Tuesday, May 12, 2009

A Hummingbird Poem from years ago

Sometimes I forget that I can legitimately call myself a "published poet," having had two poems published in the Christian Science Monitor several years ago. Yesterday's post about mother's day and hummingbirds at the fuchsia and the feeder reminded me of one of them, published in 1998 (for a guess).

My Neighbor Complains

My neighbor complains about his bee balm,

that scruffy plant with multiple identities:

ordinary bee balm one day, aristocratic

bergamot the next, whose oil

was favored by the umpteenth Earl of Grey.

And then there’s Oswego tea, and the name

preferred by botanists—Monarda.

It spreads too fast, he says.

It’s taking over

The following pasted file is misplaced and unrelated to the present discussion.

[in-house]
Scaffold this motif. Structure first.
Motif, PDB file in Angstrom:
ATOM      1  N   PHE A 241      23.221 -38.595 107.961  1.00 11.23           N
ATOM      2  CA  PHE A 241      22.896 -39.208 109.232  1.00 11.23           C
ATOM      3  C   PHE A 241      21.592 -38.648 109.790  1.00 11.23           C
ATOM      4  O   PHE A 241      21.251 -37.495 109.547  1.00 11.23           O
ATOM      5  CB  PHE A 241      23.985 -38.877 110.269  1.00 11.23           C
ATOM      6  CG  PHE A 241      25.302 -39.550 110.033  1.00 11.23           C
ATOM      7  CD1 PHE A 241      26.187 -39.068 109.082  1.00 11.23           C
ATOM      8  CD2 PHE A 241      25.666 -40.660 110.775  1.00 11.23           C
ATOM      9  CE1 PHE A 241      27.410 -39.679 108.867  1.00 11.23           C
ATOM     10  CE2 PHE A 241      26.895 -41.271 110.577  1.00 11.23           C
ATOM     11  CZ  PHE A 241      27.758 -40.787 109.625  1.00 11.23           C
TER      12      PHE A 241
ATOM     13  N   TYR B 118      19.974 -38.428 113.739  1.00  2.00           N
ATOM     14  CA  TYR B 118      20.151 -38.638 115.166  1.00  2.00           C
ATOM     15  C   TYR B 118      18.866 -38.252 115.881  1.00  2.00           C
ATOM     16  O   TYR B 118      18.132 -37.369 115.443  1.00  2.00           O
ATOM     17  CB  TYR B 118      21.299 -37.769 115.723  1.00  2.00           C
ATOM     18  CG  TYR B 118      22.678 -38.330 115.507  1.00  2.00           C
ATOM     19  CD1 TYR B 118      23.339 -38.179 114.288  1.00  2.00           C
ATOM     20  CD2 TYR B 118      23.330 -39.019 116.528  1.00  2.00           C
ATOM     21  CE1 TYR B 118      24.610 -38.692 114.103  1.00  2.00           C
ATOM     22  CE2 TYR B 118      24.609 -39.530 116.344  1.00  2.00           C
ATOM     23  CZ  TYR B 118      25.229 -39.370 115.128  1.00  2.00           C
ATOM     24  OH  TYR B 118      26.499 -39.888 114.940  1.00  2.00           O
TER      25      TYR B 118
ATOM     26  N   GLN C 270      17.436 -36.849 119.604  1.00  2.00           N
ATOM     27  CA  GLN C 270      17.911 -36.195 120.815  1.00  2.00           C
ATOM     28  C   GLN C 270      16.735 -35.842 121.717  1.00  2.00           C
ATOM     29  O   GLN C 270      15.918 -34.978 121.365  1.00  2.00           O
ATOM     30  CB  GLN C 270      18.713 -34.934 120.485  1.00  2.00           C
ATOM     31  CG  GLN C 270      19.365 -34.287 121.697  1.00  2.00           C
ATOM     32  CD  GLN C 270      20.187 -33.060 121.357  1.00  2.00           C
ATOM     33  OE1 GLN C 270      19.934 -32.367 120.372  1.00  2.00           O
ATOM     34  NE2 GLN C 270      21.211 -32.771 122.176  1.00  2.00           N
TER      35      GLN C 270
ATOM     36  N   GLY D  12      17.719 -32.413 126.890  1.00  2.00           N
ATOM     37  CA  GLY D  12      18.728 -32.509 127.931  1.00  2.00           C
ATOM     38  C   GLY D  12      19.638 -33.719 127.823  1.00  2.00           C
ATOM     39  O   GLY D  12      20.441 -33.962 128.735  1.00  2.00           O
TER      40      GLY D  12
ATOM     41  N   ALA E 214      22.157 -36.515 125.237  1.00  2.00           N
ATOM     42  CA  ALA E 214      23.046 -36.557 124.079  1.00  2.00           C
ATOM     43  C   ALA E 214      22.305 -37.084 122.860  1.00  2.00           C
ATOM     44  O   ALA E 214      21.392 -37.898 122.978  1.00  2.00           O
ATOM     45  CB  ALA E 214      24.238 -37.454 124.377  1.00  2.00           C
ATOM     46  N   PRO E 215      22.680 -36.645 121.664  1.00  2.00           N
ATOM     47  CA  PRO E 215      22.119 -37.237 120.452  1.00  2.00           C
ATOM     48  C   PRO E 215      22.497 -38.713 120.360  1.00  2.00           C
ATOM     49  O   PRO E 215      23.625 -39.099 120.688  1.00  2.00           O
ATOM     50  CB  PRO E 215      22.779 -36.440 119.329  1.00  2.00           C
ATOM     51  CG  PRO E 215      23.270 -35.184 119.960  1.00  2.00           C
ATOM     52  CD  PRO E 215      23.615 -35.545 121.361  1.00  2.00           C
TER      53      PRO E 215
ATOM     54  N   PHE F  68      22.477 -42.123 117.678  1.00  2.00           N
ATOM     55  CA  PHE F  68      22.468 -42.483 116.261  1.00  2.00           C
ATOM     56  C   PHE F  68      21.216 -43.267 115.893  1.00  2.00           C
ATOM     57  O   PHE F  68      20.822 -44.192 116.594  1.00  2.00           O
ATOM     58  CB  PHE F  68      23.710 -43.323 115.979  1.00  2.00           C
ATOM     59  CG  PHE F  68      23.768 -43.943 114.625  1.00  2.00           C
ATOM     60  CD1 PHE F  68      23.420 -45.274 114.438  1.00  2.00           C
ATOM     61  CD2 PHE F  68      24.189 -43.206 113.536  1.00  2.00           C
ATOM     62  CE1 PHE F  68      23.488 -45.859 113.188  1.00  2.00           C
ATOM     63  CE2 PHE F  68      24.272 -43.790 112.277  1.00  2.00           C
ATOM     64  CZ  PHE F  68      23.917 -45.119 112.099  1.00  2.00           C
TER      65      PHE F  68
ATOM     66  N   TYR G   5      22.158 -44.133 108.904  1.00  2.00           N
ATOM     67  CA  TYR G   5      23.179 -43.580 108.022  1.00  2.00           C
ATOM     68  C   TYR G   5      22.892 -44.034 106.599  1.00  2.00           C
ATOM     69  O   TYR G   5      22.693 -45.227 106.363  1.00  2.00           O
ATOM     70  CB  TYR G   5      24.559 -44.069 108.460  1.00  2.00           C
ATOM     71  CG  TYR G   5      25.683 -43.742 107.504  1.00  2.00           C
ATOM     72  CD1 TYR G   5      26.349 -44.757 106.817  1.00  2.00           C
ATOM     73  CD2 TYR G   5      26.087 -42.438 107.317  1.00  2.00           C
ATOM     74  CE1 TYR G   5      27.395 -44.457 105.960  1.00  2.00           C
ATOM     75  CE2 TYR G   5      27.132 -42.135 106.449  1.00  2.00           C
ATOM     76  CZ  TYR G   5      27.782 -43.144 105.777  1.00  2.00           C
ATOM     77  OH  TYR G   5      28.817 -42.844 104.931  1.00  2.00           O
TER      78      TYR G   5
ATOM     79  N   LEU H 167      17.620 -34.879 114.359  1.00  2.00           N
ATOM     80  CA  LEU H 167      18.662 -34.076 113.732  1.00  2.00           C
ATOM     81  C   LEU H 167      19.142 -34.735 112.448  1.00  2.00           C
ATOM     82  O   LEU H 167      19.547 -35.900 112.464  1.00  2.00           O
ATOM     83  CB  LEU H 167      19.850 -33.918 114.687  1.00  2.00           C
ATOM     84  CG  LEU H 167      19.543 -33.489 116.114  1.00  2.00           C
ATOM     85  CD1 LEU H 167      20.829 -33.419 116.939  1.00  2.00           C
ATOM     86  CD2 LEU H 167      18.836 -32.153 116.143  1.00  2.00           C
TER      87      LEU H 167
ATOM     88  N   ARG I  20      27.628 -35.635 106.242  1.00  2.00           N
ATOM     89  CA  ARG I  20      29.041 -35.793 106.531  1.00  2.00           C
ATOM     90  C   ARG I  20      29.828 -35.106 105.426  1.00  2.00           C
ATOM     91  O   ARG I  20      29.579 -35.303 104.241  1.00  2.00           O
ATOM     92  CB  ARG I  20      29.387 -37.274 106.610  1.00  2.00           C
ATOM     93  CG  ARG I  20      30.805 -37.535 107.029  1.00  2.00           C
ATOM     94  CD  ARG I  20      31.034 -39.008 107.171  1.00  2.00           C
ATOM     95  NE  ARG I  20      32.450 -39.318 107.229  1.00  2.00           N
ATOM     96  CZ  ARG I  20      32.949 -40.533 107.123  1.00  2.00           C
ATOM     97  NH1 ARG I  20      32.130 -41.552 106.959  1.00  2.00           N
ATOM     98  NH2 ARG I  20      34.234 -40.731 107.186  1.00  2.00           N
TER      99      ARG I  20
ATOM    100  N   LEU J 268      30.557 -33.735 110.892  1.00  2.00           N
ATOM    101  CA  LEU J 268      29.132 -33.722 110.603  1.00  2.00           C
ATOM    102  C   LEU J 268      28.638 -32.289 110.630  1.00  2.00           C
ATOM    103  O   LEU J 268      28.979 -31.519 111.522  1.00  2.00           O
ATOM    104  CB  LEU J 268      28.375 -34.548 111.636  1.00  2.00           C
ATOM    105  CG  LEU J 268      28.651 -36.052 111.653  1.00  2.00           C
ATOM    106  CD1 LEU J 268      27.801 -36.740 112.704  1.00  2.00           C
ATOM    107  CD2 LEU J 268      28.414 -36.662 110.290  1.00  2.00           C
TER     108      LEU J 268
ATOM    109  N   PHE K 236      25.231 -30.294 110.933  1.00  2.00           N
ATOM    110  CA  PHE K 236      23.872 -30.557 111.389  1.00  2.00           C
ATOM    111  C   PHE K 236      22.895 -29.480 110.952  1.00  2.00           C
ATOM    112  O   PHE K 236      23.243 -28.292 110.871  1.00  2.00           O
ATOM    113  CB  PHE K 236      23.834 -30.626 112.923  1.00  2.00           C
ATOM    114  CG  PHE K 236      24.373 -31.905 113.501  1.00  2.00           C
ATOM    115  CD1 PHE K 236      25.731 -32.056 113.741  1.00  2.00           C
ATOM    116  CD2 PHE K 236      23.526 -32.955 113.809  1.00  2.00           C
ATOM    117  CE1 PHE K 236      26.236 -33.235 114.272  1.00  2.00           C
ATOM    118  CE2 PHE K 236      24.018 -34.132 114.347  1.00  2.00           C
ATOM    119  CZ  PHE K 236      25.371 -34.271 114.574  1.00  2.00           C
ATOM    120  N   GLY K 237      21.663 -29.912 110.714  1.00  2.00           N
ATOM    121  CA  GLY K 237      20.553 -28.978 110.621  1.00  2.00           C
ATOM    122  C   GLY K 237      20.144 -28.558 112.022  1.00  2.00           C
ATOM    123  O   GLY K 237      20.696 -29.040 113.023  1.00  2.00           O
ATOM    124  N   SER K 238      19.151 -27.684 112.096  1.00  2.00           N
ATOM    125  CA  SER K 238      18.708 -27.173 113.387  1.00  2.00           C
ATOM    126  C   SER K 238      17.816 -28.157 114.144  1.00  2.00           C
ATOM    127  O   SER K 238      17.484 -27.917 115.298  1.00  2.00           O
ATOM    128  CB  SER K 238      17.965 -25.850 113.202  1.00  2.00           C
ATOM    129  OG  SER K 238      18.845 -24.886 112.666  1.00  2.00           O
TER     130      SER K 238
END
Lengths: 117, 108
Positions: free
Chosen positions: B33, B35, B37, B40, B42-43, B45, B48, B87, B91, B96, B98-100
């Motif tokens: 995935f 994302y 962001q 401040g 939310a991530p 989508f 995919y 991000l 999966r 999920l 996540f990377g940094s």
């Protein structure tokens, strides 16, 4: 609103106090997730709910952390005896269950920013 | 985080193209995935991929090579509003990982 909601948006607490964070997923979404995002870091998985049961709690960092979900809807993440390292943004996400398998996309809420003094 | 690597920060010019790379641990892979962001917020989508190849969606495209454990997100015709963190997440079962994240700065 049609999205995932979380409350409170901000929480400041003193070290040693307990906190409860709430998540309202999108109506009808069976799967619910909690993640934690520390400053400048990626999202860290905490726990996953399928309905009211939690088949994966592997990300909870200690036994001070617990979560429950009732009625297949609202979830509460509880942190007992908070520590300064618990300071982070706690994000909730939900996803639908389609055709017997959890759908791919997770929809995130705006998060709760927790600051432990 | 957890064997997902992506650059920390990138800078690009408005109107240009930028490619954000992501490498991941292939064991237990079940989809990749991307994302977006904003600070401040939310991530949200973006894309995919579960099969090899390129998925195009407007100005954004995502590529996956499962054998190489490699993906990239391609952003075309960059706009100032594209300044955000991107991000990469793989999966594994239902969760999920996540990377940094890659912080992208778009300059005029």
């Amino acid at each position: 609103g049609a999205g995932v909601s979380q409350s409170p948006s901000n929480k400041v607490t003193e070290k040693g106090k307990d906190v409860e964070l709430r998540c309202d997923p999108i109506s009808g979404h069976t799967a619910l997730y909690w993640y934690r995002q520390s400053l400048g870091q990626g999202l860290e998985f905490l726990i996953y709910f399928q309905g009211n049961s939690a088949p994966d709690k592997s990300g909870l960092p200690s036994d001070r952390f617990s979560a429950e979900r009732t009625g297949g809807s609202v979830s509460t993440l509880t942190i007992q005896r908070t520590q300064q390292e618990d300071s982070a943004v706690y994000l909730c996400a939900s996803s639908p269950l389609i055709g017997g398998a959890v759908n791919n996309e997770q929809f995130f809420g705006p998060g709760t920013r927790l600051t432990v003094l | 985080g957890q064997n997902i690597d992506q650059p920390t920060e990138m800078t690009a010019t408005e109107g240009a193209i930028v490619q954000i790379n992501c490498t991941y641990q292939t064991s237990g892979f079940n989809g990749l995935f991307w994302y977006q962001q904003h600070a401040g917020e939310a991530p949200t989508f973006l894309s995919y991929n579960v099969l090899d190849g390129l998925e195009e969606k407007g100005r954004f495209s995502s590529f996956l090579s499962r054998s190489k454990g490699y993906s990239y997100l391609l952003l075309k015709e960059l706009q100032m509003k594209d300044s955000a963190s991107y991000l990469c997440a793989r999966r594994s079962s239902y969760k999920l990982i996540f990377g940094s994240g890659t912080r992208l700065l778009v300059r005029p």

the garden. 

Ah, but I have watched

those mop-haired clowns and

wondered if the hummingbirds love them

the way the experts say they do.

And even while wondering, even

in the act of walking by, wondering,

I’ve seen a flash and blurr,

a tiny jeweled body, wings purring;

have seen it rise from among the red

untidiness, pause,

descend again to sip,

then disappear.

1 comment:

Sarah said...

Wings purring! I remember loving that poetic phrase years ago too! Thanks! (and love)